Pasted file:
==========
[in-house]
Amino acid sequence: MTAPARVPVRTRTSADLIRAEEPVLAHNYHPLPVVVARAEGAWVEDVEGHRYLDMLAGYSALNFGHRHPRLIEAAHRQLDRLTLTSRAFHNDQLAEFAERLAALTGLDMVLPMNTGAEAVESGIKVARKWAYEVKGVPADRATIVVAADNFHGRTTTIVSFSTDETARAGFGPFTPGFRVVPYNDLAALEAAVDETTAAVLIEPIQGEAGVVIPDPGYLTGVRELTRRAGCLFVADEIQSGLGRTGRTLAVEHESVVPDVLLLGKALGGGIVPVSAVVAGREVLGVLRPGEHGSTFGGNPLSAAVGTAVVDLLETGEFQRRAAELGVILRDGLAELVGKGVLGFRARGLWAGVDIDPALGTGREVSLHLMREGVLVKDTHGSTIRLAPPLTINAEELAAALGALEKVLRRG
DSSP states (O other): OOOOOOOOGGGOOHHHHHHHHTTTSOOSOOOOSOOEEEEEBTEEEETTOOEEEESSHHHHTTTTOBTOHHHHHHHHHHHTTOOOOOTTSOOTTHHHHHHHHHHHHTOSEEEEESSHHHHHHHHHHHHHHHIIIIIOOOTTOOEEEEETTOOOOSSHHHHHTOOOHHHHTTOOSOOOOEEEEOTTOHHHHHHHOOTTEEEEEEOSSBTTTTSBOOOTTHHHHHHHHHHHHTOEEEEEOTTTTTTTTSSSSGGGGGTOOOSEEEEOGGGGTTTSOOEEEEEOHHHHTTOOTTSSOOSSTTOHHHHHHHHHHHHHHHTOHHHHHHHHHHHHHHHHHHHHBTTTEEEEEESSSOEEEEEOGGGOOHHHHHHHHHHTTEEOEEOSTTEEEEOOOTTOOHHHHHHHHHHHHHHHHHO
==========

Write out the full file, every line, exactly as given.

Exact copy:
[in-house]
Amino acid sequence: MTAPARVPVRTRTSADLIRAEEPVLAHNYHPLPVVVARAEGAWVEDVEGHRYLDMLAGYSALNFGHRHPRLIEAAHRQLDRLTLTSRAFHNDQLAEFAERLAALTGLDMVLPMNTGAEAVESGIKVARKWAYEVKGVPADRATIVVAADNFHGRTTTIVSFSTDETARAGFGPFTPGFRVVPYNDLAALEAAVDETTAAVLIEPIQGEAGVVIPDPGYLTGVRELTRRAGCLFVADEIQSGLGRTGRTLAVEHESVVPDVLLLGKALGGGIVPVSAVVAGREVLGVLRPGEHGSTFGGNPLSAAVGTAVVDLLETGEFQRRAAELGVILRDGLAELVGKGVLGFRARGLWAGVDIDPALGTGREVSLHLMREGVLVKDTHGSTIRLAPPLTINAEELAAALGALEKVLRRG
DSSP states (O other): OOOOOOOOGGGOOHHHHHHHHTTTSOOSOOOOSOOEEEEEBTEEEETTOOEEEESSHHHHTTTTOBTOHHHHHHHHHHHTTOOOOOTTSOOTTHHHHHHHHHHHHTOSEEEEESSHHHHHHHHHHHHHHHIIIIIOOOTTOOEEEEETTOOOOSSHHHHHTOOOHHHHTTOOSOOOOEEEEOTTOHHHHHHHOOTTEEEEEEOSSBTTTTSBOOOTTHHHHHHHHHHHHTOEEEEEOTTTTTTTTSSSSGGGGGTOOOSEEEEOGGGGTTTSOOEEEEEOHHHHTTOOTTSSOOSSTTOHHHHHHHHHHHHHHHTOHHHHHHHHHHHHHHHHHHHHBTTTEEEEEESSSOEEEEEOGGGOOHHHHHHHHHHTTEEOEEOSTTEEEEOOOTTOOHHHHHHHHHHHHHHHHHO